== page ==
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Builders of Botswana

Jaguars and Leopards – Stanley Lester

11th August 2020
Lester Leopard kitchen-

Until his death Stanley Mervyn Lester (c.1918-1967) was a leading Lobatse based business man. His store, “Lester Brothers”, specialized in building supplies. As such it was well positioned to prosper from the pre-independence construction boom in South-Eastern Botswana centered around the development of Gaborone.

Lester is, however, remembered as much for his flamboyance as business acumen. From the late 1950s he turned his comfortable farm, which for some time boasted the only swimming pool in the area as well as a tennis court, in to a holding centre for lions, cheetah and leopards.

Although kept behind a high fence the big cats were often allowed to run freely around the household, there seemingly benign interactions with members of the Lester household becoming the subject of amazement on the part of visitors, including members of the press. An October 1962 Reuters newsreel is posted online as part of the film library at www.britishpathe.com, which features leopards inspecting the family refrigerator and joining the younger Lesters during a tennis match.

Heads would also often turn when Mr. Lester drove around Lobatse in his red Jaguar Mark 1 with his favorite leopard “Bull” looking comfortable in the back seat. After being banished from South Africa following his discharge from the Treason Trial local ANC activist Fish Keitseng found employment as a foreman at the Lester Brothers store, where he worked off and on during the 1960s.

Lester’s respect for Comrade Fish was such that he recruited him rejoin the company after he had left it earlier when his responsibilities managing the ANC refugee pipeline had become a full time responsibility.

Photo: Stanley Lester and Bull raid the refrigerator.

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Builders of Botswana

Patrick Van Rensburg (Part 5)

28th July 2020

We left off at the end of September 1960 with arrangements having finally been made to allow a Ghana Airway’s flight to arrive at the then WENELA Francistown Aerodrome in order to evacuate Patrick Van Rensburg and eighteen other political refugees to Accra on a two day flight with stops in Elizabethville (Lubumbashi), Congo and Lagos, Nigeria.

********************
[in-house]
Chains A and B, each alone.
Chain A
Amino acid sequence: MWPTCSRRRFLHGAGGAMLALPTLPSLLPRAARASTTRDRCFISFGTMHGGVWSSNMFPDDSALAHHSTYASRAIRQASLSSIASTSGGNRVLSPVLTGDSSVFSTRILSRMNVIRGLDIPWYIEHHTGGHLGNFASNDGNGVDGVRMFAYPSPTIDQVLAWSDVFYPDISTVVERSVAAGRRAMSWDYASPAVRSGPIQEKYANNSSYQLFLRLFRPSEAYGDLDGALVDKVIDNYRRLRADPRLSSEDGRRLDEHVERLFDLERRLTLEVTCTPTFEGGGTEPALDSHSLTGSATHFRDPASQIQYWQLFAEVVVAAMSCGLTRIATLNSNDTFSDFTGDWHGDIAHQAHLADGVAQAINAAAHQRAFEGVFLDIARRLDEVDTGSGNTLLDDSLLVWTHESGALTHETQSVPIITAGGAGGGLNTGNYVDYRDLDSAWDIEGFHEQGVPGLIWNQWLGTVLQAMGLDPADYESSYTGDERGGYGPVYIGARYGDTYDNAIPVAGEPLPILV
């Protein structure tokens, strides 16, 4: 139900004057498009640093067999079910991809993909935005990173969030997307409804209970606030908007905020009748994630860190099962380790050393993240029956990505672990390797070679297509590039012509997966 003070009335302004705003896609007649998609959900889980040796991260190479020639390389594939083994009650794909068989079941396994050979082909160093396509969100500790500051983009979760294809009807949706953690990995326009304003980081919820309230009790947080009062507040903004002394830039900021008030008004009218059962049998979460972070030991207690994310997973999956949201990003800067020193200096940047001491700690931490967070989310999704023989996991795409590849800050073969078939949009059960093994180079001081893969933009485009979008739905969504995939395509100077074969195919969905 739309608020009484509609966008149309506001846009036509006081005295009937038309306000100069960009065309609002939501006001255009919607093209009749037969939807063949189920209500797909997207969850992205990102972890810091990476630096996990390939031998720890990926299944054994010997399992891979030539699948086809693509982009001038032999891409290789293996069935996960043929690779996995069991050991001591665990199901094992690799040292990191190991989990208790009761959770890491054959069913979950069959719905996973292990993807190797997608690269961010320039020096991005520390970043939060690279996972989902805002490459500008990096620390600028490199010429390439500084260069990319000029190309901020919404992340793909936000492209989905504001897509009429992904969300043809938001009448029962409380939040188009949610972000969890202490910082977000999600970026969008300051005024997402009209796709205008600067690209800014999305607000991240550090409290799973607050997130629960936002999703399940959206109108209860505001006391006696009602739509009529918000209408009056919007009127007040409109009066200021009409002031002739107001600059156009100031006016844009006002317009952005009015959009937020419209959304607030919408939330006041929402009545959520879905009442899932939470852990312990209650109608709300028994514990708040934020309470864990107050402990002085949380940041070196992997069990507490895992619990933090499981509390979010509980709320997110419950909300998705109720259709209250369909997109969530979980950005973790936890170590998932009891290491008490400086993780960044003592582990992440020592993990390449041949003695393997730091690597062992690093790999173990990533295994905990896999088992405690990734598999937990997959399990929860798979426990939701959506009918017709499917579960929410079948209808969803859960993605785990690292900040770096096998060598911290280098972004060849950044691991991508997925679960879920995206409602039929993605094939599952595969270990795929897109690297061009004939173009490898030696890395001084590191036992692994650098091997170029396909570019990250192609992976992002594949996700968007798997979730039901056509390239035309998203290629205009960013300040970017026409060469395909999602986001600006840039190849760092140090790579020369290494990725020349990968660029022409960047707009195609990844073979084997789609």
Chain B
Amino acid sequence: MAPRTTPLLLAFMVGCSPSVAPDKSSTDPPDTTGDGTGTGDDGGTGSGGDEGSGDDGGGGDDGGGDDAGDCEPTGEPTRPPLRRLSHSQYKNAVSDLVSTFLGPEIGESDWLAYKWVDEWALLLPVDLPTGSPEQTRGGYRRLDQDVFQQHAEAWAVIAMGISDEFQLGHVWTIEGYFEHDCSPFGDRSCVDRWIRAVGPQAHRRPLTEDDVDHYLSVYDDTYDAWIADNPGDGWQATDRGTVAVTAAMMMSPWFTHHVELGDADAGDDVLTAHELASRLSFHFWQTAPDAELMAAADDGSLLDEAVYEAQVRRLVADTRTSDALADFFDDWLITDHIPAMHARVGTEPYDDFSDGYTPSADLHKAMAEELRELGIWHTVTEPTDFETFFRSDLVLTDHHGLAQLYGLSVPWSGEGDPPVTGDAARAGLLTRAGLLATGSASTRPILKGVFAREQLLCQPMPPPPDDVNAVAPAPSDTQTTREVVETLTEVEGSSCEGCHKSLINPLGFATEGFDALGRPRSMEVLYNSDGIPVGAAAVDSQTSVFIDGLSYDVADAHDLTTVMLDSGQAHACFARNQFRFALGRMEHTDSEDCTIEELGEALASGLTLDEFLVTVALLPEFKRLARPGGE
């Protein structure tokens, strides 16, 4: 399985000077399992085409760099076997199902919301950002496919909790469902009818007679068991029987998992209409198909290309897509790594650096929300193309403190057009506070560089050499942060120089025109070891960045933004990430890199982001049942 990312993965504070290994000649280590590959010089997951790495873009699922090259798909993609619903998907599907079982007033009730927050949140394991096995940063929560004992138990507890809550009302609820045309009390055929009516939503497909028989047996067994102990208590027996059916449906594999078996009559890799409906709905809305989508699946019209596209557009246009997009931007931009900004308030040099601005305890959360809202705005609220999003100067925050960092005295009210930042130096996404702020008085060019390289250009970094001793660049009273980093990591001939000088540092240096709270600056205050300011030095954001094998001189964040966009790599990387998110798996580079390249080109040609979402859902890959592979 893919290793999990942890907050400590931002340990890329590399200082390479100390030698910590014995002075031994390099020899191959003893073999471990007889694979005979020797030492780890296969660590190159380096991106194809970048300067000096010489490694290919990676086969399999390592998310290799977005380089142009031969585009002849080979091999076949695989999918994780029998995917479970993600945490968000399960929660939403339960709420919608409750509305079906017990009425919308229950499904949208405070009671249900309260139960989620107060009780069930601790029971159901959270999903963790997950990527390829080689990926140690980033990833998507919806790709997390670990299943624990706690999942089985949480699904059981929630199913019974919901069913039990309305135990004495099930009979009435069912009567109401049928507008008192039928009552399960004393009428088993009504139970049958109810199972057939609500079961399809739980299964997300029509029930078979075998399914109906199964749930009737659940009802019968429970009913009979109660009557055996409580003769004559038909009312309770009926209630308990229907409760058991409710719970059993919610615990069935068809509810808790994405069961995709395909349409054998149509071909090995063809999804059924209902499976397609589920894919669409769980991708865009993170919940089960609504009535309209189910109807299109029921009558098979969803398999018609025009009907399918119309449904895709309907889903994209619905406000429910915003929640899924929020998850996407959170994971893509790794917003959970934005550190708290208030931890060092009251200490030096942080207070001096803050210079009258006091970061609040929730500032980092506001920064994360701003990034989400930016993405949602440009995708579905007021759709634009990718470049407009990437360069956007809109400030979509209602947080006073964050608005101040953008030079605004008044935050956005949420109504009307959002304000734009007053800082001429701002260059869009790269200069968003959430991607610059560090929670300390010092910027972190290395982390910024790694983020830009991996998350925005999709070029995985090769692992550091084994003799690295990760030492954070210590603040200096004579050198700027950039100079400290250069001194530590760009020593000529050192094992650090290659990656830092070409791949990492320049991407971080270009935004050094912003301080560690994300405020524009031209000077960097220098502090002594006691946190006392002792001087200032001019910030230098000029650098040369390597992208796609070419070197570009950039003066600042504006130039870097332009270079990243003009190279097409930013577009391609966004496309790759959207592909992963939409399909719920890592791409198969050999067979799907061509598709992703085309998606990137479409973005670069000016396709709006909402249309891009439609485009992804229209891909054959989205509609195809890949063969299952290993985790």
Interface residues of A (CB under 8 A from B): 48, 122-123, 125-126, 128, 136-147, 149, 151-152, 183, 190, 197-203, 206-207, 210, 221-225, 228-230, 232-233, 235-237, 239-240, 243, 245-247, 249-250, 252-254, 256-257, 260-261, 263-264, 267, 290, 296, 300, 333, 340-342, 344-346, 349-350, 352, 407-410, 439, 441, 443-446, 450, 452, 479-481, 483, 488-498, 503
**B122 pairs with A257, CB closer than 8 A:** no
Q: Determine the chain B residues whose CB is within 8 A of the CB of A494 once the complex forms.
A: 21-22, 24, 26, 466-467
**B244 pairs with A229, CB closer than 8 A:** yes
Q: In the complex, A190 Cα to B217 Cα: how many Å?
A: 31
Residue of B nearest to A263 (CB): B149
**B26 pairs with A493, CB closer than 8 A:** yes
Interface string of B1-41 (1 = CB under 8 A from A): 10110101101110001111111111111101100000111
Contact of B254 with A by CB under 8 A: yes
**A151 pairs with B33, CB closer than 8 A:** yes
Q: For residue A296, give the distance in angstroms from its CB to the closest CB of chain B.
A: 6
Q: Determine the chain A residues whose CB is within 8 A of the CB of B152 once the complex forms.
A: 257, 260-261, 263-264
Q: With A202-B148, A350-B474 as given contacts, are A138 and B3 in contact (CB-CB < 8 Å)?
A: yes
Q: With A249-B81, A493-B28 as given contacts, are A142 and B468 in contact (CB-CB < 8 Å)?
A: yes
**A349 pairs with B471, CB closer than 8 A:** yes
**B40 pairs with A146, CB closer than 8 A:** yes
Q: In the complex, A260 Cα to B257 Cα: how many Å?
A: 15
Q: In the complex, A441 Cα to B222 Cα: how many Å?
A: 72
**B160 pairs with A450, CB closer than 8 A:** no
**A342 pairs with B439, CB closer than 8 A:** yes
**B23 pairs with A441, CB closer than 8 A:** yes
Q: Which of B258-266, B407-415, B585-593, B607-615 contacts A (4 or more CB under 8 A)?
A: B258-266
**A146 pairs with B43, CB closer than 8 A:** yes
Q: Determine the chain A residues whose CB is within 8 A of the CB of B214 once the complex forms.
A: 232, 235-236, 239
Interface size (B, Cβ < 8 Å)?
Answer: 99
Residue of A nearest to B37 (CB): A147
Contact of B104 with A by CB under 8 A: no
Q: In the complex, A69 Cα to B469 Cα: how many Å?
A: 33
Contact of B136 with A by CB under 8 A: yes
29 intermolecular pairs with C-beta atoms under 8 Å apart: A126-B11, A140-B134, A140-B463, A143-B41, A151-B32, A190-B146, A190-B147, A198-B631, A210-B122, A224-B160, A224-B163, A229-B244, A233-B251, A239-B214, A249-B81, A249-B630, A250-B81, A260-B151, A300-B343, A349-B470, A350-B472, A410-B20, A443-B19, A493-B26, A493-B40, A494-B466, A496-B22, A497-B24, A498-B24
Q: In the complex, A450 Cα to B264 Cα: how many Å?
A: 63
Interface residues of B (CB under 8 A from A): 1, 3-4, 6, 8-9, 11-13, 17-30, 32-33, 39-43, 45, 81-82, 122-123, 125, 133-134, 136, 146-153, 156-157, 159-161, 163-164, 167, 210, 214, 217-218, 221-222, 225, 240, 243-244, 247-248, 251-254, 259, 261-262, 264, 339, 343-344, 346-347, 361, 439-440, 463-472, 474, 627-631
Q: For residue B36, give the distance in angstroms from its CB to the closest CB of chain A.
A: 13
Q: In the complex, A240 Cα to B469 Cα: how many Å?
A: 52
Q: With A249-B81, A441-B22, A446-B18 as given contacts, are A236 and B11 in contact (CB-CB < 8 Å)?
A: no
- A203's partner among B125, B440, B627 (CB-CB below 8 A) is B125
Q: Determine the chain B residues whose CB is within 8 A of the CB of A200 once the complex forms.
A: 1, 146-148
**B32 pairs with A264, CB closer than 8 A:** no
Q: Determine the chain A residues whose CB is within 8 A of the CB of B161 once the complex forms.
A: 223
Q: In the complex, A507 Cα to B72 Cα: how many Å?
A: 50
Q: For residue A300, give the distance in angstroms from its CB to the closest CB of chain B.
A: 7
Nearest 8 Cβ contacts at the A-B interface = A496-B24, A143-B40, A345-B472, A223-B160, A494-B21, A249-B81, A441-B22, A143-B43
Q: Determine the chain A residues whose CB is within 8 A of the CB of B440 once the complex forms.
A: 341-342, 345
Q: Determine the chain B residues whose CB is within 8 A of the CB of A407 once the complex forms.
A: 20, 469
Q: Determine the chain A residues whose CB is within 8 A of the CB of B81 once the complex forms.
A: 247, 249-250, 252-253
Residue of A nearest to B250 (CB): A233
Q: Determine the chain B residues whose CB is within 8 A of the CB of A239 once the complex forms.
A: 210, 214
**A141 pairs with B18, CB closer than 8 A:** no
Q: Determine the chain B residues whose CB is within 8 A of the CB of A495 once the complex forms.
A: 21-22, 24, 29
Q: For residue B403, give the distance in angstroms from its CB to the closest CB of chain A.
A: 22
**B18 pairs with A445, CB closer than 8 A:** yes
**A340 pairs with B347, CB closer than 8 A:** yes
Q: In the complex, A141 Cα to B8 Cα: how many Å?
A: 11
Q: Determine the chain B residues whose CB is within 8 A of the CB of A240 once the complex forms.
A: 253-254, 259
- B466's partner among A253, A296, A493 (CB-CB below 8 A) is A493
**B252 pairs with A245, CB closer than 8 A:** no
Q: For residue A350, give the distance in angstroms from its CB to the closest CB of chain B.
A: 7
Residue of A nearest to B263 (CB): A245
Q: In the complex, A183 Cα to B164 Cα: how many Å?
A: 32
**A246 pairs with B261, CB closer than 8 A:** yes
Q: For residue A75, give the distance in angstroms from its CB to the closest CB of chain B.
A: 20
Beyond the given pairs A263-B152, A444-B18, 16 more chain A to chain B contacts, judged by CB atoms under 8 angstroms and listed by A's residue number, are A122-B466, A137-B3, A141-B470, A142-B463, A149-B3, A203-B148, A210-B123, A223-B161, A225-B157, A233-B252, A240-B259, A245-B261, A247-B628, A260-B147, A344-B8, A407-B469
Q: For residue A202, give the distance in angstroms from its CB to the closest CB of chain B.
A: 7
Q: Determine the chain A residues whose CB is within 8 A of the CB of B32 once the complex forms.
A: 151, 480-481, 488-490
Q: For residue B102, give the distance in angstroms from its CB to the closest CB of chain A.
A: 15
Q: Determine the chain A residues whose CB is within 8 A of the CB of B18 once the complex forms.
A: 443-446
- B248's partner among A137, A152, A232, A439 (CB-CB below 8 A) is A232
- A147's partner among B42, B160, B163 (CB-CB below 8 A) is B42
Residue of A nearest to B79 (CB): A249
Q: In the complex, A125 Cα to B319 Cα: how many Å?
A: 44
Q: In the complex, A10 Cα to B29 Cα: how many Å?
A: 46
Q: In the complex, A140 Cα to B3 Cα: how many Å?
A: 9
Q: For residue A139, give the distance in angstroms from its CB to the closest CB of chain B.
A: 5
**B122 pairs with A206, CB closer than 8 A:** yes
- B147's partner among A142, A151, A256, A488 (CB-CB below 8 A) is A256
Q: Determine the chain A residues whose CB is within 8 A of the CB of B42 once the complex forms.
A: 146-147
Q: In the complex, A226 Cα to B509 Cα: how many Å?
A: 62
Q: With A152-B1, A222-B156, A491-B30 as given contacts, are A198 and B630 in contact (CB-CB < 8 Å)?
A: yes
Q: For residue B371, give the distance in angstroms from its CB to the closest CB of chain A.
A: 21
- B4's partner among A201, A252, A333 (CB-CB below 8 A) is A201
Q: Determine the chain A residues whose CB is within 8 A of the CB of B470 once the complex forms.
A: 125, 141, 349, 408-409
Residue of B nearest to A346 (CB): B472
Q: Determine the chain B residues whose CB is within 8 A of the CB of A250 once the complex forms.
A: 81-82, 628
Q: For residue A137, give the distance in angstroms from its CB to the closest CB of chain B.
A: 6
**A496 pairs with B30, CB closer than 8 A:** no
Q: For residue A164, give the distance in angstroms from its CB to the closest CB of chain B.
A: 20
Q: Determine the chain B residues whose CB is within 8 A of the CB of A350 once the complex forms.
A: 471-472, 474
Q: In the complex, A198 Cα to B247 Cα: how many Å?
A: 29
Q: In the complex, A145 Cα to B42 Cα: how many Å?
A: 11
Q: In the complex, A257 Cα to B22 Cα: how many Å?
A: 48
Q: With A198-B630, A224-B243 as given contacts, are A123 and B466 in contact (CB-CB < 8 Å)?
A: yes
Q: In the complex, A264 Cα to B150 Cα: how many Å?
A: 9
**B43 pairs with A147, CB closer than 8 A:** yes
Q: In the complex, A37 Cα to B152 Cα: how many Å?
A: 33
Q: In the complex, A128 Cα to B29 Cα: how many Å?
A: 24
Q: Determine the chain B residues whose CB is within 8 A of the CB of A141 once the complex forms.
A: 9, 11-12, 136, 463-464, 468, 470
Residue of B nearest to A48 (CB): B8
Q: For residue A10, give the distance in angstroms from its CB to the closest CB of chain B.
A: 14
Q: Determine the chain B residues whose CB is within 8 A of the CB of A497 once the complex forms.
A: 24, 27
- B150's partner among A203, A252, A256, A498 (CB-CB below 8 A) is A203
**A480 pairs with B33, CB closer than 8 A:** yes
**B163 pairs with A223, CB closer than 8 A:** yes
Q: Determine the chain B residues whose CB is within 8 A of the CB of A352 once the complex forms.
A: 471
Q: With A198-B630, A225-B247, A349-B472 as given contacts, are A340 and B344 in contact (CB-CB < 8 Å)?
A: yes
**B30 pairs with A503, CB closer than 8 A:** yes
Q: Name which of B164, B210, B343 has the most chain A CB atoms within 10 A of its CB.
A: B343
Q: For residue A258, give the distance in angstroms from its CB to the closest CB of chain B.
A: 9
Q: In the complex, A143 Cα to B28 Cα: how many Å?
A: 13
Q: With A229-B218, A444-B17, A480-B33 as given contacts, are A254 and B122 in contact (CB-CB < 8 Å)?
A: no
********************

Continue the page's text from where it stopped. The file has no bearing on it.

After a brief stay in Accra, Van Rensburg was fortunate to get onward passage to London. There he once more became involved in the UK based Anti-Apartheid Movement, while further devoting much of his energy towards writing what would become his bestselling book “Guilty Land”, as an indictment of the Apartheid system.

He also co-authored another publication at the time, an Atlas of African Affairs. With the publications out of the way Van Rensburg was able to focus on an emerging vision of returning to Serowe to establishing a school.

Unable to return to South Africa, he began to think about working in the Bechuanaland Protectorate, which he perceived to be the safest and most appealing of the neighboring, then British ruled, High Commission Territories. By the end of 1961 he had acquired a British passport that would allow him to stay in the territory.

Van Rensburg was further encouraged in his ambition by others both outside and inside of the country, the later including Seretse Khama. Another key supporter was his lover and future wife Liz Griffin, who agreed to join him on an what would be an overland journey to reach the territory.

Thus it was that Van Rensburg took up permanent residence in the then Bechuanaland Protectorate in 1962 with the mission to build what would become Swaneng Hill School. The success of this project would lead him to also ultimately spearhead the  construction of Shashe and Madiba schools in association with the Botswana government, as well as the Swaneng Consumers Cooperative and Brigades Movement.

Photo: Lady Khama, Patrick Van Rensburg, Sir Seretse Khama, and Joe Rammekwe at Swaneng Hill school standing next to Seretse’s 1965 Chevrolet Impala.